Granville Island invites locals to visit with unexpected summer activities

Sep 8 2020, 9:09 am

Granville Island holds a special place in the hearts of many Vancouverites — myself included.

When I was little, it was the perfect place for a day trip with my parents, with hours spent exploring the Granville Island Water Park or listening to live music on the pier. However, when I rediscovered the Island as an adult, it quickly reclaimed its title as one of my favourite spots in the city.

I’d recently moved into a (very) small apartment in South Granville, and the close proximity of Granville Island meant it was easy to wander down on a Sunday morning to shop for groceries. Visits almost always included grabbing a cup of coffee and a Siegel’s bagel.

But as I spent more time in the area, it became clear just how much there is to see and do on Granville Island. Even if you’ve visited many times in the past, there’s always something new to discover — whether that’s paddleboarding around Kitsilano, pulling a fresh lobster out of a tank to take home for dinner, or biting into one of the crispiest fried chicken sandwiches the city has to offer.

This summer, Granville Island is missing much of its tourist crowd, meaning there’s more space for locals to explore, relax, and stretch out. If you haven’t visited in a while (or even if, like me, you stop by most weekends), here are some of my favourite gems to look for on your next trip.

Sip and savour

There’s maybe no better way to spend a day in Vancouver than by eating your way around Granville Island.

In the Public Market, you can embark on a culinary scavenger hunt, visiting iconic shops like Benton Brothers Fine Cheese and Lee’s Donuts. More room has been made throughout the space, helping locals feel comfortable as they shop for groceries.

For dining with a view, make a reservation at one of the acclaimed restaurants that dot the Island. The Sandbar boasts “views from every seat” and an in-house Hoshi Sushi bar. If you’re still thinking about that aforementioned fried chicken sandwich, pull up a chair in Popina Canteen, a restaurant housed in a refurbished shipping container. Only stopping in for a pint? Granville Island Brewing Co. has you covered.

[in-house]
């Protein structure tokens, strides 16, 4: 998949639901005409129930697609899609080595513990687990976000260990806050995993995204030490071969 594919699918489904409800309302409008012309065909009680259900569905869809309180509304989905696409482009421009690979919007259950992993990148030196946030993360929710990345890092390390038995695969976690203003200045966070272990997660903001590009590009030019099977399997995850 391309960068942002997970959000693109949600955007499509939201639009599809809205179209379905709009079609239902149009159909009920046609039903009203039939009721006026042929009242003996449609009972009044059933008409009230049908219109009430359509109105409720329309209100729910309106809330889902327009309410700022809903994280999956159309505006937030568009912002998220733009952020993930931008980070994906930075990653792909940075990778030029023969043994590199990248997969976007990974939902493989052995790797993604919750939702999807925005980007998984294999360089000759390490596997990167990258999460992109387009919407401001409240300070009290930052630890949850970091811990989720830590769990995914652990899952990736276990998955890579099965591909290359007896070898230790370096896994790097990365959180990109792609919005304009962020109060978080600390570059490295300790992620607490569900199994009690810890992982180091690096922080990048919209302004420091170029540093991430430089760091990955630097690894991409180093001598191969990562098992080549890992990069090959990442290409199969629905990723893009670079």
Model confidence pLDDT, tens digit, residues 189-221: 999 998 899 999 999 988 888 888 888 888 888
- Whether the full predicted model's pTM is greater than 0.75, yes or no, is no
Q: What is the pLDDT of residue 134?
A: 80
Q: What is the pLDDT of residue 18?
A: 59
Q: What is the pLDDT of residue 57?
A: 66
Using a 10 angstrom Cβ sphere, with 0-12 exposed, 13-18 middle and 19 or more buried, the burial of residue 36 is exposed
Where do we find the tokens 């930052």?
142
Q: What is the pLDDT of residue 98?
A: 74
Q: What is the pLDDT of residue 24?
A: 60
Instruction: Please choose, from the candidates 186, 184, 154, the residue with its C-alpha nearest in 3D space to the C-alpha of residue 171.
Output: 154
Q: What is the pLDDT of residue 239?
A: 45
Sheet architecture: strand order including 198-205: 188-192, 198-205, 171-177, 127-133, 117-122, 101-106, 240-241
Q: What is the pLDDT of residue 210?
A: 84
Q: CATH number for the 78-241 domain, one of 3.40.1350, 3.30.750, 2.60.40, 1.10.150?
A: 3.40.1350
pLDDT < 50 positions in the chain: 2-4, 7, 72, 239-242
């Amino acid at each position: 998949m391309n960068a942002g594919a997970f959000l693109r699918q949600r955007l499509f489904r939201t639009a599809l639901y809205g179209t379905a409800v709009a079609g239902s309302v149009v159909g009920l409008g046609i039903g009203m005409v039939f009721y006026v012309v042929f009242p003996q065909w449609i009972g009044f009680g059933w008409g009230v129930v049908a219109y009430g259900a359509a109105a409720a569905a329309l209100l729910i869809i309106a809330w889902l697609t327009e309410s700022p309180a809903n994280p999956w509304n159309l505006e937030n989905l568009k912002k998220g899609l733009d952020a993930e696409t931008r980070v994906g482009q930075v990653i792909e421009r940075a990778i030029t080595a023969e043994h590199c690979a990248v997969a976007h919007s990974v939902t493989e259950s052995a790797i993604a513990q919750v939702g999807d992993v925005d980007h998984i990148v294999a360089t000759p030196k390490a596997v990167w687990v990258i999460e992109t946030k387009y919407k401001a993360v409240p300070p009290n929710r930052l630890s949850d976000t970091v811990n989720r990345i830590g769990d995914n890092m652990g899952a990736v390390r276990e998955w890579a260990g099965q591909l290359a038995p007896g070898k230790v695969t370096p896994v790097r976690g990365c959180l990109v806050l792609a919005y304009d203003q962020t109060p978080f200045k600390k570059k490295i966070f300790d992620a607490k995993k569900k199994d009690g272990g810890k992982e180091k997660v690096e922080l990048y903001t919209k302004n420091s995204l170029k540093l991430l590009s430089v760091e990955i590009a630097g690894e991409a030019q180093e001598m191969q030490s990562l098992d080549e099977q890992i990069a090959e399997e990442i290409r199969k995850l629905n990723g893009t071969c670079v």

My suggestion for takeout, West Coast style? Stop by The Lobster Man just before it closes at 6 pm and pick up a fresh lobster or crab and a bag of locally-sourced oysters. You get to pick them right out of the tank, making this a memorable start to an incredible night of local seafood.

Get on the water

Located on the shores of False Creek, Granville Island is one of the best destinations for a day by the water. But if all this talk of seaside views and seafood has you craving more, there are many ways to actually get on the water during your visit.

Your options for exploring the harbour are plentiful, from paddleboards and kayaks, to boat rentals, and even specialty BBQ boats. If you prefer to let someone else do the driving, you can also hitch a ride with False Creek Ferries, which can carry you on a tour of some of the best attractions around False Creek.

For further voyages off shore, Prince of Whales will take you on an environmentally sustainable whale-watching adventure, which lasts about five hours round-trip. It’s the kind of thing any Vancouverite should cross off their bucket list sooner or later.

Go on an arts crawl

Railspur District/Granville Island

Did you know that Granville Island is home to a thriving arts community called the Railspur Artisan District? That’s right. Tucked on the easternmost part of the Island, this district is home to small galleries and studios you won’t find anywhere else in the city.

Begin with a stop at Vancouver Studio Glass, a glassblowing studio where you can watch as the artists craft their wares in blazing kilns that line the walls. Browse hand-painted silks at Alarte, leather goods at Hartman Leather, and try on one-of-a-kind jewellery that’s been hand-crafted with precious metals and stones at Aurum Argentum Goldsmiths. You’ll find unique, locally made housewares at Granville Island Broom Company.

Finish your crawl with a stop at The Liberty Distillery, where you can taste their handcrafted spirits, all of which are made on-site using only 100% organic BC grain. Sake lovers would be wise to visit Artisan Sake Maker and ask for Masa Shiroki, the proprietor and sake maker. He’ll welcome you with a single tasting for $2.50, or you can try the three styles of sake for $6.


Granville Island is a go-to destination for entertaining guests from out of town, but it’s also an oasis of charming boutiques, wonderful West Coast fare, and extraordinary experiences that will delight even the seasoned Vancouverite.

To make it easier to plan your visit, parking is currently free everywhere on Granville Island, so you can park your car and stay for a while without worrying about refilling the meter.

For more information about what’s currently open and to receive recommendations for your perfect day trip to Granville Island, visit granvilleisland.com.

This content was created by Hive Labs in partnership with a sponsor
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